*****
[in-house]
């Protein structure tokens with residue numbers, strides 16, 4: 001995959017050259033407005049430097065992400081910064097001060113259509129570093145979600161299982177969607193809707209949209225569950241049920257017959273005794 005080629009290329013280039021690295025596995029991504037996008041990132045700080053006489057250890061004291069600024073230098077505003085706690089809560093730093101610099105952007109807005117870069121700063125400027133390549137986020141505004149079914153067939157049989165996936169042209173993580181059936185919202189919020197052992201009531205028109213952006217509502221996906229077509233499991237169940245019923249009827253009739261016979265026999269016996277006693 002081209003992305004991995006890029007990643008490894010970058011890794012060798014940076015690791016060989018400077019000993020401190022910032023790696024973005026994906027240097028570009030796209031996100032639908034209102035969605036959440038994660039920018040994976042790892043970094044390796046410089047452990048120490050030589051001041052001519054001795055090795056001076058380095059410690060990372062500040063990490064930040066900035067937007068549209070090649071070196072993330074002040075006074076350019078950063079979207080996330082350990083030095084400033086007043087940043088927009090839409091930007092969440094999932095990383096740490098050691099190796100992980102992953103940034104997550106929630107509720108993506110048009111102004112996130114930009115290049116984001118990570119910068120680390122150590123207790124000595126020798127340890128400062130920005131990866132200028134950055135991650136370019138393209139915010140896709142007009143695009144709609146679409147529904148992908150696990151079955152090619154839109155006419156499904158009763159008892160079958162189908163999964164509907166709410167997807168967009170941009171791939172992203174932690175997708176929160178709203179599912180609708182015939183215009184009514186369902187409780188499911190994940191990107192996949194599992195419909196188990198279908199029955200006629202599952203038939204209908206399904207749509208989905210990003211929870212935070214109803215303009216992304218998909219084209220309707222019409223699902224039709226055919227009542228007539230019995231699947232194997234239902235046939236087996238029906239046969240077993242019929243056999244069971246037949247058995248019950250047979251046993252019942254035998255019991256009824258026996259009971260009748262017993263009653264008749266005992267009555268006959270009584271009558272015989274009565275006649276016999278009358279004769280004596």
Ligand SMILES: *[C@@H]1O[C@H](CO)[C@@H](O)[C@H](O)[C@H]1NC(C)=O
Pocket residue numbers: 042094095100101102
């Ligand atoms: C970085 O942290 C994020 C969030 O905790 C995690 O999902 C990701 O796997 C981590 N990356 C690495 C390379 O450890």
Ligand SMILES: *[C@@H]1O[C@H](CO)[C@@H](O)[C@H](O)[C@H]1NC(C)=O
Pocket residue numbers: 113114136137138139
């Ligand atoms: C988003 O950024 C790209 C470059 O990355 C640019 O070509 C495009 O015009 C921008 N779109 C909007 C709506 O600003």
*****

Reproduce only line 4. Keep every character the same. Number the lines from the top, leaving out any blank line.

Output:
Pocket residue numbers: 042094095100101102